Heat Related Injury At Work: 3 Things You Should Know That Will Affect Worker’s Compensation

If you're employed at a restaurant or landscaping company, you are not only in danger of regular workplace injuries like slips and falls, but you are also at risk for heat related injuries like heat stroke that can affect your ability to do your job. In order to protect yourself at your job and make sure that you are properly compensated if you experience this type of injury at work, there are a few things you should know about your employer's and your own responsibilities about preventing heat-related injury in the work place.

1. Employers should acknowledge and provide training for heat related problems.

Working in the sun or in a similar high-heat environment comes with risks. You employers are responsible to inform employees of this risk and provide training to help them avoid injuries. For example, your employer should:

  • bring up the possibility of heat related problems during staff training,
  • advise employees about hot weather in the forecast and how work practices will be altered during warm periods,
  • allow for reasonable accommodation to avoid injury, such as encouraging water breaks and reducing labor output during hot weather.
  • educate employees about the signs of heat stroke and heat exhaustion, and have at least one member trained in first aid response.

If the risk of heat related injury on the job is high, but your employer does little or nothing to acknowledge and prepare for the problem, you will have stronger case for higher compensation from your employer. Be sure you follow company mandated rules, such as breaks and training meetings, because if you don't participate, it could jeopardize your ability to get compensation for injury.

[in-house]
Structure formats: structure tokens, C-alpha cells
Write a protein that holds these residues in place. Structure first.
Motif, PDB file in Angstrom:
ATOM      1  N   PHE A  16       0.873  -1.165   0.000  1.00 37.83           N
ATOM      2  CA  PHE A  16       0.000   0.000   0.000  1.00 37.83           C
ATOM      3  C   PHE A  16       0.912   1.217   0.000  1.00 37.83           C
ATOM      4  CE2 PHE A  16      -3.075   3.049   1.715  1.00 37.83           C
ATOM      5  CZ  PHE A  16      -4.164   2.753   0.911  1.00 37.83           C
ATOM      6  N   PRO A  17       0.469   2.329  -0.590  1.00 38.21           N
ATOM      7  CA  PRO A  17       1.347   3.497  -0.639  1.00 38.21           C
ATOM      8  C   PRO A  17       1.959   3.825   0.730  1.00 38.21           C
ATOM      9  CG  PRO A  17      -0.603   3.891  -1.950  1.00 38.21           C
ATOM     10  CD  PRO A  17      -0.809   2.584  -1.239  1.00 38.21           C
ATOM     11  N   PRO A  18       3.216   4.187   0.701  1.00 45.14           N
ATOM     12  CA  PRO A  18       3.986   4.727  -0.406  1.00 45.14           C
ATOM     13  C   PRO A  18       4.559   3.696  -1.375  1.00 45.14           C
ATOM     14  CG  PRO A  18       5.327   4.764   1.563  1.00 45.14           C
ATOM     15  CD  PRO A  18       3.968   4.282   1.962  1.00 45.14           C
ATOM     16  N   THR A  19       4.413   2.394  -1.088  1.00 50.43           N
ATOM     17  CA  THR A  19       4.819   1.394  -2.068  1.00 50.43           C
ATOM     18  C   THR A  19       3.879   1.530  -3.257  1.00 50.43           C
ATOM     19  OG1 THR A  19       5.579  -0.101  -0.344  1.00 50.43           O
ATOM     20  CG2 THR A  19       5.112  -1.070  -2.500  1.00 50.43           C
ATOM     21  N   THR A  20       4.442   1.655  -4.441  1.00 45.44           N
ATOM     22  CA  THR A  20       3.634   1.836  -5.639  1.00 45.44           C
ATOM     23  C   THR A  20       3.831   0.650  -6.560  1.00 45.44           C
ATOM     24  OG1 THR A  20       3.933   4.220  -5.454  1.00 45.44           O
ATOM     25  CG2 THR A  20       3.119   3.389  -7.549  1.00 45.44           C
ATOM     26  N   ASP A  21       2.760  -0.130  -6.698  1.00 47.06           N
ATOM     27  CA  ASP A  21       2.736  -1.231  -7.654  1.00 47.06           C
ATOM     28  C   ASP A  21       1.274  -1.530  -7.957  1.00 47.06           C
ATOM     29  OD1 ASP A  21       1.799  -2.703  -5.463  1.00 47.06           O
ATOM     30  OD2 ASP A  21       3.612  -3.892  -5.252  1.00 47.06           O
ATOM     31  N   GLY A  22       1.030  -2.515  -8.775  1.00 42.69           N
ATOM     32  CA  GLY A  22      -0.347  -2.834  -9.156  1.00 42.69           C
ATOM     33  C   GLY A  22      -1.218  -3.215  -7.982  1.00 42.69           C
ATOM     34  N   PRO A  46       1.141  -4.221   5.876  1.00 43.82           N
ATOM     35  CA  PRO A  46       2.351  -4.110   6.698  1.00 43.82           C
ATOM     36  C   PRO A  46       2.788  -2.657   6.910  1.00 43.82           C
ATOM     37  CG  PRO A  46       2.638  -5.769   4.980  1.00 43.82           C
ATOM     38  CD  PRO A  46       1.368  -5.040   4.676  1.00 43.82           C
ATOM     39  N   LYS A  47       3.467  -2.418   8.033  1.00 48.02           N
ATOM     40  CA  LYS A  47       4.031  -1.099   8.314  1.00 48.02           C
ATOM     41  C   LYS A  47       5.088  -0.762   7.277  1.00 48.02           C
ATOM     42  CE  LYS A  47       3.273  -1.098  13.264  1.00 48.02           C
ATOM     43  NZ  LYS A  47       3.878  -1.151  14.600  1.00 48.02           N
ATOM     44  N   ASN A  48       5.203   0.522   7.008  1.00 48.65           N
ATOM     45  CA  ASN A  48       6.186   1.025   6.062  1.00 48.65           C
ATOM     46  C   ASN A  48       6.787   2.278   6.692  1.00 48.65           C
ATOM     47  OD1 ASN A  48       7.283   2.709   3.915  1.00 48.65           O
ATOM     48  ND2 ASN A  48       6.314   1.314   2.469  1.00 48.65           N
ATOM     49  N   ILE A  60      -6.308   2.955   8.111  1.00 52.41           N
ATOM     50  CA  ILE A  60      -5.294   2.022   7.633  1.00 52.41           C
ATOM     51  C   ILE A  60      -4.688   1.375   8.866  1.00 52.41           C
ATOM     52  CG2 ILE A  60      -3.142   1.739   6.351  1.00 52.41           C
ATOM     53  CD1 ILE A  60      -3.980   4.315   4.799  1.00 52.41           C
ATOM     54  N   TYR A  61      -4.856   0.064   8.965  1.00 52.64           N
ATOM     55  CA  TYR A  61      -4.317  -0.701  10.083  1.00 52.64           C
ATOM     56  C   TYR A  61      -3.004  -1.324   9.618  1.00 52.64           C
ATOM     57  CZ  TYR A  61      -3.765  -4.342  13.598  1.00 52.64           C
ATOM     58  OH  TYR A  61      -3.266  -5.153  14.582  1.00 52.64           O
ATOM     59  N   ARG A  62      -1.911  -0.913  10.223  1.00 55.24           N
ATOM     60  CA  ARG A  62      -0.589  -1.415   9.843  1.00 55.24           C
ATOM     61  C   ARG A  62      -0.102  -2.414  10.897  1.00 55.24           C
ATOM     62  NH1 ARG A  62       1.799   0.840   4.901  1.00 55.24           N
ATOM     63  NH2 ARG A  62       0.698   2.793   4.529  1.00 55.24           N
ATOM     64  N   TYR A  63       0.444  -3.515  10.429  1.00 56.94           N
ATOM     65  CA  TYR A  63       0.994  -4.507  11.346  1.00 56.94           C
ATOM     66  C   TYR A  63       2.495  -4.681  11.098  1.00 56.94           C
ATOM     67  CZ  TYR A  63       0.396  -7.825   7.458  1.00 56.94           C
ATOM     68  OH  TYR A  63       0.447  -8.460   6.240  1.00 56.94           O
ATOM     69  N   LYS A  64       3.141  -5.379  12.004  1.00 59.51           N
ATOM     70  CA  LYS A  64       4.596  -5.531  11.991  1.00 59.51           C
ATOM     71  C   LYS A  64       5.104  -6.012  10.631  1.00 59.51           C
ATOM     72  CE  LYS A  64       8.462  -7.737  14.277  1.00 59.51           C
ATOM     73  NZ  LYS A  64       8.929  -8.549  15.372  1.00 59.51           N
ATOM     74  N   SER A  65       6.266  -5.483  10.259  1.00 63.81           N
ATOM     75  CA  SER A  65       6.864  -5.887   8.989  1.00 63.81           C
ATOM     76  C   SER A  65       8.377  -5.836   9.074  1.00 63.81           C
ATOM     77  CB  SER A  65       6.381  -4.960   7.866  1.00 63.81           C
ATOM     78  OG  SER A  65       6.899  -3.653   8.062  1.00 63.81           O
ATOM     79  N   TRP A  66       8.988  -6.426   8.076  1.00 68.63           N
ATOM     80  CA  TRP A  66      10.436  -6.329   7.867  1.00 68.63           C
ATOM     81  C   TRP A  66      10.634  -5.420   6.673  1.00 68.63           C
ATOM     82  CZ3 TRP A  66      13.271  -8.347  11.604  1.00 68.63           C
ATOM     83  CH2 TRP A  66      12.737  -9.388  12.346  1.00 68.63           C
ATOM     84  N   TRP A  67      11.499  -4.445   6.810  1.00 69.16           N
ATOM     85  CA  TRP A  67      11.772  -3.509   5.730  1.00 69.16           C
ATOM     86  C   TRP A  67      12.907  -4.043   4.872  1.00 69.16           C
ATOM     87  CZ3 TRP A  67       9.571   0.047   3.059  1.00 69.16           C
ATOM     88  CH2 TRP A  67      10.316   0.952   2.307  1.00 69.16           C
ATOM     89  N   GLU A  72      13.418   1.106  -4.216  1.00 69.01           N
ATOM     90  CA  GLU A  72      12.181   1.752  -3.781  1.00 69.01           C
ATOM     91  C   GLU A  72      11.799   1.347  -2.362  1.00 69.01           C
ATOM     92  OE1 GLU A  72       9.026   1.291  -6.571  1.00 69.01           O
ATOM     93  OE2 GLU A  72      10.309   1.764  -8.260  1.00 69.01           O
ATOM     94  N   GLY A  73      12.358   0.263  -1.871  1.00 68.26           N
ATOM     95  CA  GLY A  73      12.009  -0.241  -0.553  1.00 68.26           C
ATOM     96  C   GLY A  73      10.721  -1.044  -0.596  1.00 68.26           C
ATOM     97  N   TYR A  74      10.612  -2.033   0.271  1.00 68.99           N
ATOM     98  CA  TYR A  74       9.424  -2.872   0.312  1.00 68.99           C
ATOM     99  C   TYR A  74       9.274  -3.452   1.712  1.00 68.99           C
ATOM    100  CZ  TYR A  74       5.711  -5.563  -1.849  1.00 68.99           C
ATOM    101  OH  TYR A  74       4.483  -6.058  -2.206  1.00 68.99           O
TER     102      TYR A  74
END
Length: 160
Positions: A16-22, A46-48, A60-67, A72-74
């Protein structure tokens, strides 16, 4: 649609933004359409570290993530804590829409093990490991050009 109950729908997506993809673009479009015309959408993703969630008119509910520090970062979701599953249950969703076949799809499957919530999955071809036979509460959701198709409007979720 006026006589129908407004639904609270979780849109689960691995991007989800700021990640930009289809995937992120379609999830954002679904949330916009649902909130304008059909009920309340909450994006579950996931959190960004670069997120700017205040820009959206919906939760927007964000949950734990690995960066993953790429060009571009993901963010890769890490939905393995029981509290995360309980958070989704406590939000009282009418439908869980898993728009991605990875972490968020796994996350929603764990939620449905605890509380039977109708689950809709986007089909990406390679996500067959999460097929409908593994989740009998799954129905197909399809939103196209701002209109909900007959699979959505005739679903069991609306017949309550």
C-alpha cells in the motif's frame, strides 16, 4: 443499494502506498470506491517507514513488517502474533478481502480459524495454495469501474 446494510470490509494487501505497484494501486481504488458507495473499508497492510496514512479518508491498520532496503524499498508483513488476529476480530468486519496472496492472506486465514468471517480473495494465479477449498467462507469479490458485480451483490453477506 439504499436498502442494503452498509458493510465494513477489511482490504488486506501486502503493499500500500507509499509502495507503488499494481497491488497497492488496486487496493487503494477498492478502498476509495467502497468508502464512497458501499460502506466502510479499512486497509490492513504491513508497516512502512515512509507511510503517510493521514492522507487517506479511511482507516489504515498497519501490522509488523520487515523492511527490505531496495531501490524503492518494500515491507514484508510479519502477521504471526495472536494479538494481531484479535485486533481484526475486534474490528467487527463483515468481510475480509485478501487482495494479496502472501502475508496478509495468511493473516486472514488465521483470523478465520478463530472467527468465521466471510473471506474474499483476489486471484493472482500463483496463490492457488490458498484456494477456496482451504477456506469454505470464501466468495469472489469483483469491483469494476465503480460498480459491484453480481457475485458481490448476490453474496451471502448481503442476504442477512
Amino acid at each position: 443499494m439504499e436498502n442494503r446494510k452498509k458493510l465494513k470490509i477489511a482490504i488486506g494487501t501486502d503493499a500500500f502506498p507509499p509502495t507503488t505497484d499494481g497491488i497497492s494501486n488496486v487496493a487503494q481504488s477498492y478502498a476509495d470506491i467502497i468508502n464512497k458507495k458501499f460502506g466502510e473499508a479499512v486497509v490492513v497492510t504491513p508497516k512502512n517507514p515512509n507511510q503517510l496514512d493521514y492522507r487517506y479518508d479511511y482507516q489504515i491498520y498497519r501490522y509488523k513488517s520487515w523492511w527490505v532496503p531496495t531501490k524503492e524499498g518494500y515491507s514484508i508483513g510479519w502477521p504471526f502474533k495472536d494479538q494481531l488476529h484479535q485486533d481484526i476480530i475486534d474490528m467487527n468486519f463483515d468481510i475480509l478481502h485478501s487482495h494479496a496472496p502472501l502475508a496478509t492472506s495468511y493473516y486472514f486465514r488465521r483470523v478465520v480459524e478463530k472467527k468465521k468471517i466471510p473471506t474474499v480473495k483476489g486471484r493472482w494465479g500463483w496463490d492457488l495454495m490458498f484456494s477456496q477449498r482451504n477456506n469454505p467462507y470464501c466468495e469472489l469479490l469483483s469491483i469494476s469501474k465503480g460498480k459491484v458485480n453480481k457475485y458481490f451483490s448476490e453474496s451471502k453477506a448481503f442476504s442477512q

2. It's up to you to report unsafe working conditions to your employer.

If you work outdoors, but your boss spends most of the time in the office, they might not be aware of worksite dangers as much as those who are working on the ground. If you find that breaks are not long enough or that the required output for the day is causing heat stress on employees, you should report it to a supervisor. This will help to strengthen your worker's compensation case if you do sustain an injury, because it will make certain that the boss was aware of the unsafe working environment and did not make provisions to protect employees by offering longer breaks, shade, or refreshment. 

3. Report worksite incidents right when they occur.

Heat stroke is a medical emergency, and so you probably won't have the time or capacity to file it the minute after it happens, but as soon as you are able, write down the details about your injury, including the temperature of the day, what you were doing while on the job, and what you had done to follow company-mandated safety precautions. File the report with the company you work for as soon as you can. This helps to validate your injury, because waiting to file can throw suspicion onto when the injury actually occurred and whether or not your employment was the route cause of the injury. Filing immediately is especially important for non-specific injuries, like heat exhaustion or stroke, because unlike a broken leg, the condition remedies itself quickly and can be hard to diagnose or recognize after the fact. If you do not file your claim with your employer within 30 days, you could lose any chance of getting compensation for money lost through time off and medical attention. 

Heat injuries are just as serious as injuries that produce blood or broken bones-- heat stroke can be deadly if it is not treated immediately. If your employers were negligent about preventing heat illness in the workplace, talk to a worker's compensation firm like The Law Offices of Gregg Durlofsky about your legal options.